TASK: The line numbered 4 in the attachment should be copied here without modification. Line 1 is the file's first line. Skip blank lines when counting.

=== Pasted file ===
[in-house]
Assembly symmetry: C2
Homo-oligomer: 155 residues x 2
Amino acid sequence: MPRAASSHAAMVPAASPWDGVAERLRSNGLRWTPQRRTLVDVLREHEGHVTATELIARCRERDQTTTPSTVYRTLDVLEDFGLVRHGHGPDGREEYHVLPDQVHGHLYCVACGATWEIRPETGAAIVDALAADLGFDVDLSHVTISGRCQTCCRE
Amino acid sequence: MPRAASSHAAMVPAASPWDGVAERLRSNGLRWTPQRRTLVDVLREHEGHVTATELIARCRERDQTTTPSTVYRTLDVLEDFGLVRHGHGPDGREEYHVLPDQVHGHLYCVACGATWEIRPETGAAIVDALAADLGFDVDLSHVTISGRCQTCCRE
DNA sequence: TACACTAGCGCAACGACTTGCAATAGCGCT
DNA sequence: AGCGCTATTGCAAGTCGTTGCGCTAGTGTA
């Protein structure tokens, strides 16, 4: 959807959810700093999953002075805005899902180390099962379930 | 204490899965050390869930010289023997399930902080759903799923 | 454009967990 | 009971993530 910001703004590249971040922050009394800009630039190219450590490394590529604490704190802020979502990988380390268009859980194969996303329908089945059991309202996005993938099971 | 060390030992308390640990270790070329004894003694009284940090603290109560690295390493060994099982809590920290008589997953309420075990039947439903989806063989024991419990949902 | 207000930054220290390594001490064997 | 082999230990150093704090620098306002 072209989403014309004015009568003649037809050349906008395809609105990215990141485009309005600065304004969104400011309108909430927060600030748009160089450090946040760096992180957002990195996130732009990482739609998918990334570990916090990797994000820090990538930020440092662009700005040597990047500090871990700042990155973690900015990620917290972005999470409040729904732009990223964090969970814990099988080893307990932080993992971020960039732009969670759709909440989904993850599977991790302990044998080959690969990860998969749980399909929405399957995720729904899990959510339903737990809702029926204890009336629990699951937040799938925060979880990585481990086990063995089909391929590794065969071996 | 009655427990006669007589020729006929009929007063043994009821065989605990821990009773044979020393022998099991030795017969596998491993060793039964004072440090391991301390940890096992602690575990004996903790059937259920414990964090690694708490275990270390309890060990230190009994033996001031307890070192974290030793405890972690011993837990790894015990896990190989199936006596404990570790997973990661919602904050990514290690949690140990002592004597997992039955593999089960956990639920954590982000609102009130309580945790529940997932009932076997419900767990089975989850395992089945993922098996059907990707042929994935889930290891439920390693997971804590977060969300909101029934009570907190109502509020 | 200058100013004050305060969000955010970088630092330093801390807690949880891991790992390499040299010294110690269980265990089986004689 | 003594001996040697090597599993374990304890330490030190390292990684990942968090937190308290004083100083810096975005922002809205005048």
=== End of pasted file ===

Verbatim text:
Amino acid sequence: MPRAASSHAAMVPAASPWDGVAERLRSNGLRWTPQRRTLVDVLREHEGHVTATELIARCRERDQTTTPSTVYRTLDVLEDFGLVRHGHGPDGREEYHVLPDQVHGHLYCVACGATWEIRPETGAAIVDALAADLGFDVDLSHVTISGRCQTCCRE